As organisations seek to recruit and develop talent in emerging markets, specifically in positions of leadership and management, the question of a culturally acceptable base model for such development includes considering what such things as "leadership" represent or mean to the host culture.
Using Hofstede's cultural dimensions can raise important questions about where the organisation and national culture fit or collide. UK companies over the past few decades have tended towards a more consensual or inclusive form of leadership. Indeed some organisations positively promote a non-hierarchical leadership model with expectations of leadership at all levels. A fundamental question for most UK, US and Western European companies is whether this will work in the cultures they now find themselves operating in.
For example the Indian culture has one of the highest "Power Distance" indices as measured by Geert Hofstede's cultural dimensions. This means that there is a mutual expectation, i.e. leaders and followers, that there will be a significant separation between the ranks and that the leader's job is to provide direction and make the decisions. The idea of being asked for input, ideas and feedback on the leader's thinking is likely to be met with an embarrassed silence or a face saving agreement to whatever has been suggested - even though it is likely never to be implemented.
Another dimension measures tolerance of ambiguity or uncertainty avoidance. Low tolerance equates to certainty, resolution and directness in communication - something the Dutch, for example, pride themselves on. It's important to get to the point quickly and make sure everyone understands your point of view. This approach wins approval and demonstrates strong leadership in the Dutch and many other Western cultures.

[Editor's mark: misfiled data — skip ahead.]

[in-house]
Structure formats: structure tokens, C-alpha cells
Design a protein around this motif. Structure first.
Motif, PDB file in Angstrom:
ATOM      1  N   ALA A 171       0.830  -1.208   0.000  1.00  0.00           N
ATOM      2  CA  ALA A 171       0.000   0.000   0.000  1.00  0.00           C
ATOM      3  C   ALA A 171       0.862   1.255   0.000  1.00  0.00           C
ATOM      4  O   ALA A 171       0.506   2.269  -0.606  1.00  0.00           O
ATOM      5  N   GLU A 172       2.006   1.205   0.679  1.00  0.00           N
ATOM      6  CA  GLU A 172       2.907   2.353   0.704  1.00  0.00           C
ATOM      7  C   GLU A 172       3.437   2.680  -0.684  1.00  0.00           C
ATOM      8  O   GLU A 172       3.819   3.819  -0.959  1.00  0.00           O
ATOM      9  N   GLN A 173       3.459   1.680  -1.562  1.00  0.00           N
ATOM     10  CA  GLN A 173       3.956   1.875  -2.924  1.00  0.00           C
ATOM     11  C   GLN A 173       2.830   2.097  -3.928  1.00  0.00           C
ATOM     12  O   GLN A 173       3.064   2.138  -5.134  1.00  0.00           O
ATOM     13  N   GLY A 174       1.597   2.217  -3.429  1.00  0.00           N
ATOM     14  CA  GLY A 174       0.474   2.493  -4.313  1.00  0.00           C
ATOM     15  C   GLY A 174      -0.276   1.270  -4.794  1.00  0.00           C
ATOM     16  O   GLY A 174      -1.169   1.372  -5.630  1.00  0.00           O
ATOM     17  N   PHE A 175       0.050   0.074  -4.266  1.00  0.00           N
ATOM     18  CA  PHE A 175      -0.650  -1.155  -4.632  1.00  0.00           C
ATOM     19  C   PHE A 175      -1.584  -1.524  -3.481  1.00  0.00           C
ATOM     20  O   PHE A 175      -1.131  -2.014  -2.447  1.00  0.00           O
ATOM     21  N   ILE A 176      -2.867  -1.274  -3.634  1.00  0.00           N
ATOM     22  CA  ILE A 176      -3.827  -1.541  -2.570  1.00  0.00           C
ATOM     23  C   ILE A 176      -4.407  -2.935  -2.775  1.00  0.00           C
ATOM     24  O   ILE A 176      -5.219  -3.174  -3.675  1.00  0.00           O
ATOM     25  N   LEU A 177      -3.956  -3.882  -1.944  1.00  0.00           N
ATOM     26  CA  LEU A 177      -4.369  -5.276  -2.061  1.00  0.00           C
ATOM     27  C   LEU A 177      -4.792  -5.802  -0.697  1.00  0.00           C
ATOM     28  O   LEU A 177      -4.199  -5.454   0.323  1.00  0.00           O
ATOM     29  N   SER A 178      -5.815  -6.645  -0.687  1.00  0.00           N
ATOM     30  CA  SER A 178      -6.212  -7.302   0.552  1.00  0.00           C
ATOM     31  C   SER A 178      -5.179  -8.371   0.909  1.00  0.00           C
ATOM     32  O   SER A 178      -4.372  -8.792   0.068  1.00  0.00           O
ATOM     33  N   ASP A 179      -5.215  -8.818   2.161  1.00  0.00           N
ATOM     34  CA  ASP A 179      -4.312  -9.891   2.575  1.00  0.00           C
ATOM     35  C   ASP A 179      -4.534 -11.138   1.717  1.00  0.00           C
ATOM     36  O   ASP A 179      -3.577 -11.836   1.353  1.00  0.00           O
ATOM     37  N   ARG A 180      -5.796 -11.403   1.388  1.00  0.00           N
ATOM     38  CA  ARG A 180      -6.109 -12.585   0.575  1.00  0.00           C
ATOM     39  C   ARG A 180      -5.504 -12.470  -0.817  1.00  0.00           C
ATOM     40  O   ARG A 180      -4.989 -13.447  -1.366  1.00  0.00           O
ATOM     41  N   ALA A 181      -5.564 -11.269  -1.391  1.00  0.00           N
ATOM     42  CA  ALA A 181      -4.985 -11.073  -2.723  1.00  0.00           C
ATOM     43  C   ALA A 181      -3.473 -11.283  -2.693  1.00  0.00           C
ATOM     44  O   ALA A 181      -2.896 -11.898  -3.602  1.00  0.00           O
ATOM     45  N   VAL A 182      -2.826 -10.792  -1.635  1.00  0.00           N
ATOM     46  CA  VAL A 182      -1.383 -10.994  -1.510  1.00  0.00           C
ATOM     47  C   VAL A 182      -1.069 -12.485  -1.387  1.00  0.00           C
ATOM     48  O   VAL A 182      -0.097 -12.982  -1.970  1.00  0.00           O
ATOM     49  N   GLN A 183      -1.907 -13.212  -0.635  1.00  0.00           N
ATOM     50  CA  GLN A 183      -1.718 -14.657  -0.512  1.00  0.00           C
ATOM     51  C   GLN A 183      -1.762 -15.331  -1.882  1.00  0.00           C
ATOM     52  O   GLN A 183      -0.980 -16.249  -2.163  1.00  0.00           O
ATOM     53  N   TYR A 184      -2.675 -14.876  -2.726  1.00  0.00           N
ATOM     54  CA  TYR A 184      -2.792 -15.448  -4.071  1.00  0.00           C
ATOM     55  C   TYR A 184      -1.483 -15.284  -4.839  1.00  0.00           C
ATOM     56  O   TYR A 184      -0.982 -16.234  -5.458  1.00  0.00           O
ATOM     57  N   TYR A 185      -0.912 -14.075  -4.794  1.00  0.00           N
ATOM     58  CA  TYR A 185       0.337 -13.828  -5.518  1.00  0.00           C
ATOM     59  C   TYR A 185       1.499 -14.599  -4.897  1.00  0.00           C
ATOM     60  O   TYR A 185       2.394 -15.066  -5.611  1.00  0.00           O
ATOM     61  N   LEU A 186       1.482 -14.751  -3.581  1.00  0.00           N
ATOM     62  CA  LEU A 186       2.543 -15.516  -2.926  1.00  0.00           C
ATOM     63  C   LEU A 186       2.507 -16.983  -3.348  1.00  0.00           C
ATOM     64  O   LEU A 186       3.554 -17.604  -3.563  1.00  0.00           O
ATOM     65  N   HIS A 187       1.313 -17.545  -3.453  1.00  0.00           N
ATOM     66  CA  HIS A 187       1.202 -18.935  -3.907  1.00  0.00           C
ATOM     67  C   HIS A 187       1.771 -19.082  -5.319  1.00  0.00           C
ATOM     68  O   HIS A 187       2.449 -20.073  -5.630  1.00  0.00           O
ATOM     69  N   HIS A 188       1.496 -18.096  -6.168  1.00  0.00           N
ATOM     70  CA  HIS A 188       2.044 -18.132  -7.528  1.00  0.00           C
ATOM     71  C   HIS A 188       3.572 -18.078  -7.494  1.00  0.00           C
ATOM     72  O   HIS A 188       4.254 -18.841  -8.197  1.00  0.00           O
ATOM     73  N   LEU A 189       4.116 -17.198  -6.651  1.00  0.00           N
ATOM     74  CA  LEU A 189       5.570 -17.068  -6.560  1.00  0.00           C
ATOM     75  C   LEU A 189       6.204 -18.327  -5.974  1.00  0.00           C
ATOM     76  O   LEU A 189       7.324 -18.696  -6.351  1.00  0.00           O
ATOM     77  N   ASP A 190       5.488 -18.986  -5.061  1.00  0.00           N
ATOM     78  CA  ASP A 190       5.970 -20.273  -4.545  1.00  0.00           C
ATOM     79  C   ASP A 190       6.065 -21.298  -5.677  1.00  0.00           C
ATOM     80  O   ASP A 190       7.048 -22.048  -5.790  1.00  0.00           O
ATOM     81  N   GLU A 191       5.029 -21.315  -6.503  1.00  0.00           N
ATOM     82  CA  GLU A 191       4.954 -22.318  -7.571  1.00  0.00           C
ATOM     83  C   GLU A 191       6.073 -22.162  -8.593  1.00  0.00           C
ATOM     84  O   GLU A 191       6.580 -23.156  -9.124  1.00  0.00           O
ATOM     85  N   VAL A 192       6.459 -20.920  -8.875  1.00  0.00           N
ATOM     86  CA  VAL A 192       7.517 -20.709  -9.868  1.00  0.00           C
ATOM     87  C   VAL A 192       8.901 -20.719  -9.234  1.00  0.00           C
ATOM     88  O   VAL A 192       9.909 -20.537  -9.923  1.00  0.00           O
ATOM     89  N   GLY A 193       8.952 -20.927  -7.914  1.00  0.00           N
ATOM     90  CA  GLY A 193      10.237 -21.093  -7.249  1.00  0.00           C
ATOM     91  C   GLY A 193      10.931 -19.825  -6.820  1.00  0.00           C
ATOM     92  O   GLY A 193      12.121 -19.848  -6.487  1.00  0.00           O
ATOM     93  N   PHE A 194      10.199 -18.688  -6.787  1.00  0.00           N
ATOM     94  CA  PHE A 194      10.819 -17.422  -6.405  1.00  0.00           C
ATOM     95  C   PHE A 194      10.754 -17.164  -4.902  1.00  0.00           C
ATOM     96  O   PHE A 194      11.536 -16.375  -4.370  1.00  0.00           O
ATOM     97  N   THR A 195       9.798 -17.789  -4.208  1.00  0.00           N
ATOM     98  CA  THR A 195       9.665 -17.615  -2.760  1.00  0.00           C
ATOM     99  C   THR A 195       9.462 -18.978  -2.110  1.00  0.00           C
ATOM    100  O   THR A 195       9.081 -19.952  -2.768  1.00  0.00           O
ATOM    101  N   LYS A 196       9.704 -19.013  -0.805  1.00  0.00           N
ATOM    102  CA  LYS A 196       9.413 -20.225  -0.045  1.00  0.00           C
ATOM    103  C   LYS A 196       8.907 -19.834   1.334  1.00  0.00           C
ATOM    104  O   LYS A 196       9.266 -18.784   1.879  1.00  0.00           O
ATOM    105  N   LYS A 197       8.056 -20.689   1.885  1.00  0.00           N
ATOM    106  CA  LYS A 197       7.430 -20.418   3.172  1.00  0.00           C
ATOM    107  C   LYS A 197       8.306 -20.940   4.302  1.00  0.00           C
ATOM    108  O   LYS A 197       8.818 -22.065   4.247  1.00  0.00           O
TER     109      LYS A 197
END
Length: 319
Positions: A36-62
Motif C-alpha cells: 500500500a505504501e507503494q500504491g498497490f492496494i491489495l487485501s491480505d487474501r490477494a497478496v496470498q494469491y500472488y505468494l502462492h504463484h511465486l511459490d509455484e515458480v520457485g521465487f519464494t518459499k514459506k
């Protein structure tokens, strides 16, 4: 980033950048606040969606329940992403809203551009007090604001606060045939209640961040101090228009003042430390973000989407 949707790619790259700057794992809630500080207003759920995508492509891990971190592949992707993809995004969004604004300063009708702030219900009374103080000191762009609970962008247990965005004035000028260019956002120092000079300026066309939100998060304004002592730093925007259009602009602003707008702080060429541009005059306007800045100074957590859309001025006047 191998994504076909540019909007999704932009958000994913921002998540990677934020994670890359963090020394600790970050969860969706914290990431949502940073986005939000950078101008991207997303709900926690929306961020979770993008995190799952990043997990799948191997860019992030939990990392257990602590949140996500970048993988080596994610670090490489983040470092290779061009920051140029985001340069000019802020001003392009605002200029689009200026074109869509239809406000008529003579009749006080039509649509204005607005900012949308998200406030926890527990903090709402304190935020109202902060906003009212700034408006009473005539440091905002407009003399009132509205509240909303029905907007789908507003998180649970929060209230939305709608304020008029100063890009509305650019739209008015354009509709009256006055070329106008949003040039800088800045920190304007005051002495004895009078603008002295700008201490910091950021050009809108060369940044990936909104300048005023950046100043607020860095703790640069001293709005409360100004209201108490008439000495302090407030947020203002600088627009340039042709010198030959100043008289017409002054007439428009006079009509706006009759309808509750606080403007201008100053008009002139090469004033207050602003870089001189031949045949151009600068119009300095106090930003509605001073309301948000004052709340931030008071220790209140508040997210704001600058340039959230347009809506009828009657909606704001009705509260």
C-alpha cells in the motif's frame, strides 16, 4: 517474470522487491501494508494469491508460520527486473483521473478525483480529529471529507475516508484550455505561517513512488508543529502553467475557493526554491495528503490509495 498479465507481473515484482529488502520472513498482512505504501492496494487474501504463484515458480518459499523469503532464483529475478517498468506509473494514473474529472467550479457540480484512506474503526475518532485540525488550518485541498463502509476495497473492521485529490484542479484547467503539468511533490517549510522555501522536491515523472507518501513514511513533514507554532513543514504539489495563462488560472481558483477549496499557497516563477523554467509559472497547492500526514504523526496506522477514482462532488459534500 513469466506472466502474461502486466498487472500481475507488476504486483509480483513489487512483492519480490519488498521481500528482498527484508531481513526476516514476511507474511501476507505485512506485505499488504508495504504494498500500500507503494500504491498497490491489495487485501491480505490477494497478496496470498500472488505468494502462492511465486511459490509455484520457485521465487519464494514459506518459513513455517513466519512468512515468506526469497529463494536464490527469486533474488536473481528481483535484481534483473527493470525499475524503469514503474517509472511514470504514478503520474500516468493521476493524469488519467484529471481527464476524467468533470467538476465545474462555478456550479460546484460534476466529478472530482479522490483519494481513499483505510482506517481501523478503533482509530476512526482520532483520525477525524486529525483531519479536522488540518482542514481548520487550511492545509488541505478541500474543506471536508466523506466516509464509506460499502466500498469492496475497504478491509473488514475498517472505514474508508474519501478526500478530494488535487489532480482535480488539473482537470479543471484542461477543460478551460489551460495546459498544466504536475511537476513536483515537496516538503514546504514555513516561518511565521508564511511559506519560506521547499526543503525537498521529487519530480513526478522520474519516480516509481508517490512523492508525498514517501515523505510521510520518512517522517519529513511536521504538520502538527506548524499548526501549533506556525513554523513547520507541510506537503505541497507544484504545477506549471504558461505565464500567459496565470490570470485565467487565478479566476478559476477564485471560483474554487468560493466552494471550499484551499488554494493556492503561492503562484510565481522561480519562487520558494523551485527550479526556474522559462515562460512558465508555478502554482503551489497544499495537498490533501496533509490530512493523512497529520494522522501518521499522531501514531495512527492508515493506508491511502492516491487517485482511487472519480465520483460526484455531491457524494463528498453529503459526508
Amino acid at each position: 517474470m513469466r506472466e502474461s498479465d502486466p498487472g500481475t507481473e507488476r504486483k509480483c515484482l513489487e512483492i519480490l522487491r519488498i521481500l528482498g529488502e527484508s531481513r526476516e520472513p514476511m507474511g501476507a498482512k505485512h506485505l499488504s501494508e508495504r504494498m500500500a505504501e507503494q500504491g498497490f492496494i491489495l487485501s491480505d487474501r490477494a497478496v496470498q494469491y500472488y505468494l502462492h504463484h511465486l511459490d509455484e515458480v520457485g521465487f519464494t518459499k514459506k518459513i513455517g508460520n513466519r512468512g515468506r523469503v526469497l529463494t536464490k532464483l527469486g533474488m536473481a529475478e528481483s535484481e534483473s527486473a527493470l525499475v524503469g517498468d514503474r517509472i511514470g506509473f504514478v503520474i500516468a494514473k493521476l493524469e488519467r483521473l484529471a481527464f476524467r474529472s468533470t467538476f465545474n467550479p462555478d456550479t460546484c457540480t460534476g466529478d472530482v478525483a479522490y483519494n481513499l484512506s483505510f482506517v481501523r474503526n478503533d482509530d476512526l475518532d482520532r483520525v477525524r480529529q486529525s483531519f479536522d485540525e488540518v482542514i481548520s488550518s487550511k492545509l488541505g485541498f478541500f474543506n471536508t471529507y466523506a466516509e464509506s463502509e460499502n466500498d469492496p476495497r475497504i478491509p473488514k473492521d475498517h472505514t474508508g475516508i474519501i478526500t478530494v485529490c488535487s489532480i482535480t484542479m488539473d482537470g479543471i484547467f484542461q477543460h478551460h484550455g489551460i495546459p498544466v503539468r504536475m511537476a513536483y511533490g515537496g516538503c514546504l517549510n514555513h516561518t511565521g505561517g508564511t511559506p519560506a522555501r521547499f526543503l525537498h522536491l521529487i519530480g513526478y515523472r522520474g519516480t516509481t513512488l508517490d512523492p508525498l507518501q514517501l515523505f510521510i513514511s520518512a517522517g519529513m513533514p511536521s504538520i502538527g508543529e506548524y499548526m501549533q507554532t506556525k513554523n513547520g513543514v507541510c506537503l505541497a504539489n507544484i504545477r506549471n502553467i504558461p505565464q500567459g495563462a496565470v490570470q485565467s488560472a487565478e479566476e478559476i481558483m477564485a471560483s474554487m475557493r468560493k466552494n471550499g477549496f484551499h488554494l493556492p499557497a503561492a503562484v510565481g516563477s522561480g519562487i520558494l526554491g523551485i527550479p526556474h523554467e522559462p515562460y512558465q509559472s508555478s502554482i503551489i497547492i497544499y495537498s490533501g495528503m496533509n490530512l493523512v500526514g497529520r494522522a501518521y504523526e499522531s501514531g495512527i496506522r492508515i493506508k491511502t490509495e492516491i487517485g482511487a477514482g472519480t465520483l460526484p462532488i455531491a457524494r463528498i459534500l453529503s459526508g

But this approach doesn't travel well - many Eastern cultures would consider the approach rude, arrogant and disrespectful. In these cultures you speak in a way which moves around the topic with the expectation that the real meaning will be understood without directly naming it - and moving too quickly to the heart of the matter will equally cause discomfort or resistance (although paradoxically this may not be noticed because, of course, it would be rude to show direct disagreement).
So leadership development needs to consider the balance between the cultures and consider which of the potentially conflicting approaches will dominate. This is a big question and one which many organisations have struggled with and occasionally been defeated by when they have not taken into account the cultural context and environment that leaders will need to work in.
Leaders need to learn how to have conversations with their people in ways that achieve the organisational objectives and respect the cultural influences. This means learning to notice the signs and moving towards them without necessarily "going native". So, addressing the team and asking for their support is the starting point of engagement. After that the leader needs to consider how his or her style and assumptions about leadership will affect the way the conversations or meetings will proceed and be prepared to adjust and seek alternative pathways to the objectives.
Clive is co-owner of ClearWorth http://www.clearworth.com , a company specialising in bespoke manager, leader and team development for major organisations around the world. Clive lives in the UK and France and works all over the world from Ohio to Oman, London to Lagos, Surrey to Syria. Clive thinks, teaches and writes about negotiation, influence, interpersonal relationships and cross cultural communication.
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